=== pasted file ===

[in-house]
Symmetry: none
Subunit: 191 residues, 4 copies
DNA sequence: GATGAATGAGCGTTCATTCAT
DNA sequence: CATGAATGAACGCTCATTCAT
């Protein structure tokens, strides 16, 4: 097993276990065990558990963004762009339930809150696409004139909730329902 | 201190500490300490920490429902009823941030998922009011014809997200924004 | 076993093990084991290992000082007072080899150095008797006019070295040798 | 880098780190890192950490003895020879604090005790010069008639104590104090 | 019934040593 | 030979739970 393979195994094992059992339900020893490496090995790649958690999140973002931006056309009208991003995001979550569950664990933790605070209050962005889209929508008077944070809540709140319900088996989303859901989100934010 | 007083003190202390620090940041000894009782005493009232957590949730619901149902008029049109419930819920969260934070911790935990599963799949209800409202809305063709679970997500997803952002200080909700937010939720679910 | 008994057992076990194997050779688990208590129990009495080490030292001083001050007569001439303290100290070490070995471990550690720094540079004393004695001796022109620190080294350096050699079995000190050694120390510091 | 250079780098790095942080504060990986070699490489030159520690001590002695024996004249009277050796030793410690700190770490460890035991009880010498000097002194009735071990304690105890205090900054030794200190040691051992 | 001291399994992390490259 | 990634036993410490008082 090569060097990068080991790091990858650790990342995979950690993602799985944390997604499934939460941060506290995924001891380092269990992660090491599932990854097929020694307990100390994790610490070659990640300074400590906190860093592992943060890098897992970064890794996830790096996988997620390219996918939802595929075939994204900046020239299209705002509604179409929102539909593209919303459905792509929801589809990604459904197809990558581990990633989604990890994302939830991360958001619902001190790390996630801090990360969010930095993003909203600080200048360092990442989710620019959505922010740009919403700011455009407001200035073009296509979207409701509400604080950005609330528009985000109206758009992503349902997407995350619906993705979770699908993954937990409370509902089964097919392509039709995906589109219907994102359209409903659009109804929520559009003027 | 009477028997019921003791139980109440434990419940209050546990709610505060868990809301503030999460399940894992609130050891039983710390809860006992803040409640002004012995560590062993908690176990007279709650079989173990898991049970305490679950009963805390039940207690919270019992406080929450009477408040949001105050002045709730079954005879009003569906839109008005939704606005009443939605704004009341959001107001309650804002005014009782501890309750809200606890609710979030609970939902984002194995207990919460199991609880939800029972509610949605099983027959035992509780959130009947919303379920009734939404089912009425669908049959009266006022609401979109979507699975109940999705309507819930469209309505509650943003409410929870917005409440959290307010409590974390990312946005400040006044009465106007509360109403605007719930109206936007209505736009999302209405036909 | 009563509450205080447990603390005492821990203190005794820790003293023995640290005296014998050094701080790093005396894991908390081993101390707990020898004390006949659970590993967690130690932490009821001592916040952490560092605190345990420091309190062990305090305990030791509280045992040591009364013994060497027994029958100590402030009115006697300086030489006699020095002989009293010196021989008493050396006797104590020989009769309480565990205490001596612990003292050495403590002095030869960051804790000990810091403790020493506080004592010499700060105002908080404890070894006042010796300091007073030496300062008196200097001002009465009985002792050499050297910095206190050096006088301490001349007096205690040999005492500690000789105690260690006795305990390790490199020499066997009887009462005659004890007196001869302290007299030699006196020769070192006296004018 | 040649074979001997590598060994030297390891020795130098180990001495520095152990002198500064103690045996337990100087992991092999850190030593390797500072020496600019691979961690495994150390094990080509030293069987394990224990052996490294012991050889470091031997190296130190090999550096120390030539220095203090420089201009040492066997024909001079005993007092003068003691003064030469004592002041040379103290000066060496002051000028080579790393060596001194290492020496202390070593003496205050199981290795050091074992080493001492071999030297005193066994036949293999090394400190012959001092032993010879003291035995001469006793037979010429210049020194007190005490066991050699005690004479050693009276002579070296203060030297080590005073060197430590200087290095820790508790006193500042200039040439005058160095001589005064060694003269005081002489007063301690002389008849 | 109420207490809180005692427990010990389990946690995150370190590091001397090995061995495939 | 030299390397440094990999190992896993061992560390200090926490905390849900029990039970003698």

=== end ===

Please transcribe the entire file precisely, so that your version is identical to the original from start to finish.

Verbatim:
[in-house]
Symmetry: none
Subunit: 191 residues, 4 copies
DNA sequence: GATGAATGAGCGTTCATTCAT
DNA sequence: CATGAATGAACGCTCATTCAT
């Protein structure tokens, strides 16, 4: 097993276990065990558990963004762009339930809150696409004139909730329902 | 201190500490300490920490429902009823941030998922009011014809997200924004 | 076993093990084991290992000082007072080899150095008797006019070295040798 | 880098780190890192950490003895020879604090005790010069008639104590104090 | 019934040593 | 030979739970 393979195994094992059992339900020893490496090995790649958690999140973002931006056309009208991003995001979550569950664990933790605070209050962005889209929508008077944070809540709140319900088996989303859901989100934010 | 007083003190202390620090940041000894009782005493009232957590949730619901149902008029049109419930819920969260934070911790935990599963799949209800409202809305063709679970997500997803952002200080909700937010939720679910 | 008994057992076990194997050779688990208590129990009495080490030292001083001050007569001439303290100290070490070995471990550690720094540079004393004695001796022109620190080294350096050699079995000190050694120390510091 | 250079780098790095942080504060990986070699490489030159520690001590002695024996004249009277050796030793410690700190770490460890035991009880010498000097002194009735071990304690105890205090900054030794200190040691051992 | 001291399994992390490259 | 990634036993410490008082 090569060097990068080991790091990858650790990342995979950690993602799985944390997604499934939460941060506290995924001891380092269990992660090491599932990854097929020694307990100390994790610490070659990640300074400590906190860093592992943060890098897992970064890794996830790096996988997620390219996918939802595929075939994204900046020239299209705002509604179409929102539909593209919303459905792509929801589809990604459904197809990558581990990633989604990890994302939830991360958001619902001190790390996630801090990360969010930095993003909203600080200048360092990442989710620019959505922010740009919403700011455009407001200035073009296509979207409701509400604080950005609330528009985000109206758009992503349902997407995350619906993705979770699908993954937990409370509902089964097919392509039709995906589109219907994102359209409903659009109804929520559009003027 | 009477028997019921003791139980109440434990419940209050546990709610505060868990809301503030999460399940894992609130050891039983710390809860006992803040409640002004012995560590062993908690176990007279709650079989173990898991049970305490679950009963805390039940207690919270019992406080929450009477408040949001105050002045709730079954005879009003569906839109008005939704606005009443939605704004009341959001107001309650804002005014009782501890309750809200606890609710979030609970939902984002194995207990919460199991609880939800029972509610949605099983027959035992509780959130009947919303379920009734939404089912009425669908049959009266006022609401979109979507699975109940999705309507819930469209309505509650943003409410929870917005409440959290307010409590974390990312946005400040006044009465106007509360109403605007719930109206936007209505736009999302209405036909 | 009563509450205080447990603390005492821990203190005794820790003293023995640290005296014998050094701080790093005396894991908390081993101390707990020898004390006949659970590993967690130690932490009821001592916040952490560092605190345990420091309190062990305090305990030791509280045992040591009364013994060497027994029958100590402030009115006697300086030489006699020095002989009293010196021989008493050396006797104590020989009769309480565990205490001596612990003292050495403590002095030869960051804790000990810091403790020493506080004592010499700060105002908080404890070894006042010796300091007073030496300062008196200097001002009465009985002792050499050297910095206190050096006088301490001349007096205690040999005492500690000789105690260690006795305990390790490199020499066997009887009462005659004890007196001869302290007299030699006196020769070192006296004018 | 040649074979001997590598060994030297390891020795130098180990001495520095152990002198500064103690045996337990100087992991092999850190030593390797500072020496600019691979961690495994150390094990080509030293069987394990224990052996490294012991050889470091031997190296130190090999550096120390030539220095203090420089201009040492066997024909001079005993007092003068003691003064030469004592002041040379103290000066060496002051000028080579790393060596001194290492020496202390070593003496205050199981290795050091074992080493001492071999030297005193066994036949293999090394400190012959001092032993010879003291035995001469006793037979010429210049020194007190005490066991050699005690004479050693009276002579070296203060030297080590005073060197430590200087290095820790508790006193500042200039040439005058160095001589005064060694003269005081002489007063301690002389008849 | 109420207490809180005692427990010990389990946690995150370190590091001397090995061995495939 | 030299390397440094990999190992896993061992560390200090926490905390849900029990039970003698």